A recent government study of nursing home and hospice patients shows a significant gap between white and black people having advance care directives—documents that allow a person to make end-of-life decisions when they may not be able to speak for themselves.
“The National Center for Health Statistics looked at three groups of long-term care patients and found that 65% of those in nursing homes had advance directives, such as living wills and do-not-resuscitate orders, as did 88% in hospice settings and 28% in home health care,” USA Today reported.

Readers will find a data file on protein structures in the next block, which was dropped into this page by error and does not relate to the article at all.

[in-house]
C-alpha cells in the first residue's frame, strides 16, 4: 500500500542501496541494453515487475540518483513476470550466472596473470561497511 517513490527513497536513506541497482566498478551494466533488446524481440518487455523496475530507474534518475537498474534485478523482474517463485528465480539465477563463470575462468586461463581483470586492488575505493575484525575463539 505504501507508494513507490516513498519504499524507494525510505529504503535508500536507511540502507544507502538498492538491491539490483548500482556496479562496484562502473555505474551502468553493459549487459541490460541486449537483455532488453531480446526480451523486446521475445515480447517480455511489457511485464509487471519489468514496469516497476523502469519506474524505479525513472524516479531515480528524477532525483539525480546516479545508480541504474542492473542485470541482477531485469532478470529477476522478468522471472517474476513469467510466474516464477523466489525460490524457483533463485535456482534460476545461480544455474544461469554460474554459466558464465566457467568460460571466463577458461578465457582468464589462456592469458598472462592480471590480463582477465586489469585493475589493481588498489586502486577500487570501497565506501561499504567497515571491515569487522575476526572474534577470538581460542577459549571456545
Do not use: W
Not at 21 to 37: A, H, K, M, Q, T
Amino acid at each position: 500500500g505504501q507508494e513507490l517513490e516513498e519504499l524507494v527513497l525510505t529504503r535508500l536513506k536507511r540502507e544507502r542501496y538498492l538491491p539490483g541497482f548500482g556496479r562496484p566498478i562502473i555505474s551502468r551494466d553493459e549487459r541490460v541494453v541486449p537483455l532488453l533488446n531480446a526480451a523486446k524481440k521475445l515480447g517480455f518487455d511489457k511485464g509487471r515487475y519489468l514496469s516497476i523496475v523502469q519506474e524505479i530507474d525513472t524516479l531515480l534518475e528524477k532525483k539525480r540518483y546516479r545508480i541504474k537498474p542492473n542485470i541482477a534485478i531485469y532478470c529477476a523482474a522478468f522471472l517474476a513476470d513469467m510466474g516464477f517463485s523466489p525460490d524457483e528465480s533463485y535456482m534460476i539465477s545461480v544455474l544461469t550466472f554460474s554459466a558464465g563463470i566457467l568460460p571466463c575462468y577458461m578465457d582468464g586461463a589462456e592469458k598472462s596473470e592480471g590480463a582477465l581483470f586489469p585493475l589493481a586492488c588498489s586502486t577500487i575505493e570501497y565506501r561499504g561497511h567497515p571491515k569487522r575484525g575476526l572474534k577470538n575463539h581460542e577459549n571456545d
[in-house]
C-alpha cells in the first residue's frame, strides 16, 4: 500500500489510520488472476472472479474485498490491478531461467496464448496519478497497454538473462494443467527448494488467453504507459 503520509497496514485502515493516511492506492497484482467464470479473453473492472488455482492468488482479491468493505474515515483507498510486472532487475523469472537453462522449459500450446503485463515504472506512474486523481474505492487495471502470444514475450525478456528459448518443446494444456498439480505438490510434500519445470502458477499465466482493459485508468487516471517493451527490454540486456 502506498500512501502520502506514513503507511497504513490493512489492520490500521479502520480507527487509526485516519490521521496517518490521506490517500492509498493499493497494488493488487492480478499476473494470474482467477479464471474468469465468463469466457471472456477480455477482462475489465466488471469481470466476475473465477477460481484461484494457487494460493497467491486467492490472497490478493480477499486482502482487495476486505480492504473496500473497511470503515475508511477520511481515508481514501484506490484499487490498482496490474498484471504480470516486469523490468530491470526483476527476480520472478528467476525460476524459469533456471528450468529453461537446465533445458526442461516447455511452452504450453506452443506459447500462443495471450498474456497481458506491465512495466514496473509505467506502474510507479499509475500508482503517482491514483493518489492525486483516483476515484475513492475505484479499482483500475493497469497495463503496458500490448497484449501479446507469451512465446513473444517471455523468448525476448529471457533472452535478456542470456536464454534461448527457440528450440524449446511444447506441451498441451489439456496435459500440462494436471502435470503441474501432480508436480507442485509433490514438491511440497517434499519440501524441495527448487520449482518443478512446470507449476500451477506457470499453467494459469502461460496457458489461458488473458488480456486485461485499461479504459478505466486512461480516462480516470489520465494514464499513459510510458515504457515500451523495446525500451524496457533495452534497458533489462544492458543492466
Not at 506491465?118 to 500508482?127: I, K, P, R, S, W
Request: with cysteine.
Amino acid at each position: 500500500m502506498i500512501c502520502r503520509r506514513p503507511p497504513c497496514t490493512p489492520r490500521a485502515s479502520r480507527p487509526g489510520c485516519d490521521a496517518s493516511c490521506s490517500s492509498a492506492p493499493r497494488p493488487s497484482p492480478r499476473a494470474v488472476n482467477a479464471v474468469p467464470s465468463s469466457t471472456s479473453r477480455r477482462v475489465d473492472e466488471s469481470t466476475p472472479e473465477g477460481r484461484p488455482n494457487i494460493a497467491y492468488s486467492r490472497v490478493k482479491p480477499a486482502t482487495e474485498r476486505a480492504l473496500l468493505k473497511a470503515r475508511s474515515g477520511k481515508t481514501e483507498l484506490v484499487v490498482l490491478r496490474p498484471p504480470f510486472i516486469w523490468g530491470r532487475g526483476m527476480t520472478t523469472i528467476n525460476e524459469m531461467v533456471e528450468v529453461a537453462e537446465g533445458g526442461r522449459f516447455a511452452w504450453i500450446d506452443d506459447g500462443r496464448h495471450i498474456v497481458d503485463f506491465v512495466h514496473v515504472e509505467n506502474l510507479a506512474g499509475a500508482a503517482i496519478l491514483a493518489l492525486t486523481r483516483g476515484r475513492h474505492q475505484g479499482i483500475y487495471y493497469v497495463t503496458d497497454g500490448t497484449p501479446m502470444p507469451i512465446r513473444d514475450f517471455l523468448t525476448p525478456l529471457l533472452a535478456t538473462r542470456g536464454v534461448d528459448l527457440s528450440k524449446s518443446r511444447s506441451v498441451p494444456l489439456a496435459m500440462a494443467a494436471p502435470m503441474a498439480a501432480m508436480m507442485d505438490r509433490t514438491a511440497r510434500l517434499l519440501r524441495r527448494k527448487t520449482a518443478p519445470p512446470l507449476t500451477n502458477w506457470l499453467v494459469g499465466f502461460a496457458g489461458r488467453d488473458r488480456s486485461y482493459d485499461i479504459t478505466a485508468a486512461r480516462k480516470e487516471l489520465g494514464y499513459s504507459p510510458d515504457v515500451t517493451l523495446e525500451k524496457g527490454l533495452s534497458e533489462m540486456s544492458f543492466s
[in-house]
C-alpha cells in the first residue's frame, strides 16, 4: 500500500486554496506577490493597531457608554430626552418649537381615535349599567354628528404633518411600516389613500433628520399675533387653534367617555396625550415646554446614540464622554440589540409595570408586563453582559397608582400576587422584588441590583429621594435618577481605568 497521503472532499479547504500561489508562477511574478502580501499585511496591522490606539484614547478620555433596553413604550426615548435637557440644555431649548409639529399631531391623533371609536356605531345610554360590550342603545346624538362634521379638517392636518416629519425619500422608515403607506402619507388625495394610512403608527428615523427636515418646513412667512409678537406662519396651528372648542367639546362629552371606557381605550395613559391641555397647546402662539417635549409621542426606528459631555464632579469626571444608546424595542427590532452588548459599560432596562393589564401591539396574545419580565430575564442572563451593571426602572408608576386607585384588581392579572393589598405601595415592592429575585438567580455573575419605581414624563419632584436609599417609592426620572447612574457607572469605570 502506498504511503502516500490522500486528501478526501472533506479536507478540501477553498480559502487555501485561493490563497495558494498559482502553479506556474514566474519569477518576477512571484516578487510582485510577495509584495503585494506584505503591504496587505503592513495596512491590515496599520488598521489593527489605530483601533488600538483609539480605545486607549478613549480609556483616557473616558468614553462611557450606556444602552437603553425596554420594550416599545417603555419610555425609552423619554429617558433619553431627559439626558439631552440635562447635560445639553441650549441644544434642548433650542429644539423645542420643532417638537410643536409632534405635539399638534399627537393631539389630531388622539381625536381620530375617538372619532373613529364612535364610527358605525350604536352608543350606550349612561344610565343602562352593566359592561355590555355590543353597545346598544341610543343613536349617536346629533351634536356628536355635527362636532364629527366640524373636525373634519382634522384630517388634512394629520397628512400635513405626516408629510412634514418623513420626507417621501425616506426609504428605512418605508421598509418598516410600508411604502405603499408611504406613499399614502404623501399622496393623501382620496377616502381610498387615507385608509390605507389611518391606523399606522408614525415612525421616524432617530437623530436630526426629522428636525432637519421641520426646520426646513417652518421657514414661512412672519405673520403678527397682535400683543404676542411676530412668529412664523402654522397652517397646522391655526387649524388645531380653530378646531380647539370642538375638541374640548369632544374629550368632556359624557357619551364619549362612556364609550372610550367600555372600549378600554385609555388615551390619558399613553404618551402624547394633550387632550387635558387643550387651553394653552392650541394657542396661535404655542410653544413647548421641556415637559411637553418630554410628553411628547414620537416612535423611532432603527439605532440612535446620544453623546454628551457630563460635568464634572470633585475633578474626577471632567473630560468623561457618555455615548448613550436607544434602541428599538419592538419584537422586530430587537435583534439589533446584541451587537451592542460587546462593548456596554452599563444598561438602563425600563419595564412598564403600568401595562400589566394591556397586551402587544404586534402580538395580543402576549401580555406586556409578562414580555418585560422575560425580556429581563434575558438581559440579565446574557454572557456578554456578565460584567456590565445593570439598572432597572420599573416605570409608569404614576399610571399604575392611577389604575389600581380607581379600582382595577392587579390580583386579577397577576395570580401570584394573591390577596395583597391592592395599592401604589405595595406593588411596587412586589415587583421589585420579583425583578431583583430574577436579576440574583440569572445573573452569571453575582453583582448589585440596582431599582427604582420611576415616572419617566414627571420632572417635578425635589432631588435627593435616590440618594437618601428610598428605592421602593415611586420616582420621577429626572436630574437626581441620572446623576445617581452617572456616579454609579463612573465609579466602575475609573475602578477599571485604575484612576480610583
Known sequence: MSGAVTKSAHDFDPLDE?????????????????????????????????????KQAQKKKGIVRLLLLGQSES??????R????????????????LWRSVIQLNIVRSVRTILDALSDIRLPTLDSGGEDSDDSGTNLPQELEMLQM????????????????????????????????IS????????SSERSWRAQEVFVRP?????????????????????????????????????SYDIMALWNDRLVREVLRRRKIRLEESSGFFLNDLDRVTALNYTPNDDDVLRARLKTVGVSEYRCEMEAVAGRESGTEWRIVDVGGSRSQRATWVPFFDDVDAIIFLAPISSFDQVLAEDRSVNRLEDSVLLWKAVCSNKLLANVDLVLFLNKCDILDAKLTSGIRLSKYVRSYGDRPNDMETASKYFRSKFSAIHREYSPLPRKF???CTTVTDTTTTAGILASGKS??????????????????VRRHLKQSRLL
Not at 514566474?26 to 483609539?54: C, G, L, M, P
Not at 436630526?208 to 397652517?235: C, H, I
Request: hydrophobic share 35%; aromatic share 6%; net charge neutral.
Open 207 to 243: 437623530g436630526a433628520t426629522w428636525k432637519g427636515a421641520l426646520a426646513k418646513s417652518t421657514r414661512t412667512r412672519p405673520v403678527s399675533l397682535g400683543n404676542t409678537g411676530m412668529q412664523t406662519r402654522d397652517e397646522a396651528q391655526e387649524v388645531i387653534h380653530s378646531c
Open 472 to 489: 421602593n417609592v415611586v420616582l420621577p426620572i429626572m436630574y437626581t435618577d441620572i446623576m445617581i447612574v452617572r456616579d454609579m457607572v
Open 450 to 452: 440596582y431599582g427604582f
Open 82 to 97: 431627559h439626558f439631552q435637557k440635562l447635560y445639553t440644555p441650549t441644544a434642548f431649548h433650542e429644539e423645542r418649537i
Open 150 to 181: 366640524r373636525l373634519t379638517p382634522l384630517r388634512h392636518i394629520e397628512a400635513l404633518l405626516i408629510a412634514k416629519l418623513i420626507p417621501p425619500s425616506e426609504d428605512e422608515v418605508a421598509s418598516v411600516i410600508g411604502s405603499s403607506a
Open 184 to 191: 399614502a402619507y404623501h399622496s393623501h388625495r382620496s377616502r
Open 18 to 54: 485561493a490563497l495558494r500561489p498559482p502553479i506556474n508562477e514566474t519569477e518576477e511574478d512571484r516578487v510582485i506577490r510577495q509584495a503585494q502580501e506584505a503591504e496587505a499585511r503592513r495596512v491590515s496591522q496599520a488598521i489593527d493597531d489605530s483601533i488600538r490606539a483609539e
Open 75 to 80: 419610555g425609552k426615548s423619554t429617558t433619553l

By analyzing data from the 2004 National Nursing Home Survey and 2007 National Home and Hospice Care Survey, researchers found blacks to be less likely than whites to have advance directives in all three care groups. “They were only half as likely in home health care and nursing homes,” according to the USA Today report. The study did not address differences among other races or ethnicities.
A similar study recently published in the American Psychiatric Association’s journal Psychiatric Services found that nursing home residents with serious mental illness were 24% less likely to have any advance care directives compared to residents without mental illness.